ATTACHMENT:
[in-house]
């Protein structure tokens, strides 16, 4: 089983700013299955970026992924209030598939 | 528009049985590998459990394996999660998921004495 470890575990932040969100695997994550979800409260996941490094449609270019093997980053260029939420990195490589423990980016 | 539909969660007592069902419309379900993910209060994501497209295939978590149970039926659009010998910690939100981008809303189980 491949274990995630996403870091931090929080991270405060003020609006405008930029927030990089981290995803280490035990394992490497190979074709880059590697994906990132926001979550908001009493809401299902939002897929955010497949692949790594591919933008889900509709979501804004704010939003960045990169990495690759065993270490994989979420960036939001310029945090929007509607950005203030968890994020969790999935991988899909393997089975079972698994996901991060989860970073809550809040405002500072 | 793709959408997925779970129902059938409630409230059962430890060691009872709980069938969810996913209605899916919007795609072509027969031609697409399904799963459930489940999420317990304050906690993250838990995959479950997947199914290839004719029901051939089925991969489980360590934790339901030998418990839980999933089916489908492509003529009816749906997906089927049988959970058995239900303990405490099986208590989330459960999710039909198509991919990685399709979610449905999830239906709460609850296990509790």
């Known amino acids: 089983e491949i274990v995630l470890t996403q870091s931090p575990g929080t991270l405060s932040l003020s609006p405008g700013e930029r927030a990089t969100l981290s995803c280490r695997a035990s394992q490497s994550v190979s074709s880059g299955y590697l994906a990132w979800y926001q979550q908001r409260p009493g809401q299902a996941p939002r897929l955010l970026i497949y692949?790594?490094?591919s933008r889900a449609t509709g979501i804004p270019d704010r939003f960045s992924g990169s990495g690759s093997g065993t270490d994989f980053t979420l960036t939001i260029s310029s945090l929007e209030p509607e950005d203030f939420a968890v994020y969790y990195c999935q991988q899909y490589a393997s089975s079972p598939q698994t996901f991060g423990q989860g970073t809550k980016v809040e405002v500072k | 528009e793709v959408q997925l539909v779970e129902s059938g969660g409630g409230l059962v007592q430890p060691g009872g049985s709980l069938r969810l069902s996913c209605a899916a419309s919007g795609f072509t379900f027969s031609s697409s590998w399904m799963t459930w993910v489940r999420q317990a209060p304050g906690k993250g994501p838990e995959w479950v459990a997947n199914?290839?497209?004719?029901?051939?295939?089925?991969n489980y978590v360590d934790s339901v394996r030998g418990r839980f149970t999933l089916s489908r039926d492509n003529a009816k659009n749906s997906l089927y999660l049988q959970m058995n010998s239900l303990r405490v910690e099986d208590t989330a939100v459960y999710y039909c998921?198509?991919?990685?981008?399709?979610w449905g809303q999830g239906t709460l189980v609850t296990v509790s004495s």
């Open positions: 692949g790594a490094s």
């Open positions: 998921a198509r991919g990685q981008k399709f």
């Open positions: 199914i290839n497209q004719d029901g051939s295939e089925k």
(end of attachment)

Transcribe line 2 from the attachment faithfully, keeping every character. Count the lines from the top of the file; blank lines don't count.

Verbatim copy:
């Protein structure tokens, strides 16, 4: 089983700013299955970026992924209030598939 | 528009049985590998459990394996999660998921004495 470890575990932040969100695997994550979800409260996941490094449609270019093997980053260029939420990195490589423990980016 | 539909969660007592069902419309379900993910209060994501497209295939978590149970039926659009010998910690939100981008809303189980 491949274990995630996403870091931090929080991270405060003020609006405008930029927030990089981290995803280490035990394992490497190979074709880059590697994906990132926001979550908001009493809401299902939002897929955010497949692949790594591919933008889900509709979501804004704010939003960045990169990495690759065993270490994989979420960036939001310029945090929007509607950005203030968890994020969790999935991988899909393997089975079972698994996901991060989860970073809550809040405002500072 | 793709959408997925779970129902059938409630409230059962430890060691009872709980069938969810996913209605899916919007795609072509027969031609697409399904799963459930489940999420317990304050906690993250838990995959479950997947199914290839004719029901051939089925991969489980360590934790339901030998418990839980999933089916489908492509003529009816749906997906089927049988959970058995239900303990405490099986208590989330459960999710039909198509991919990685399709979610449905999830239906709460609850296990509790």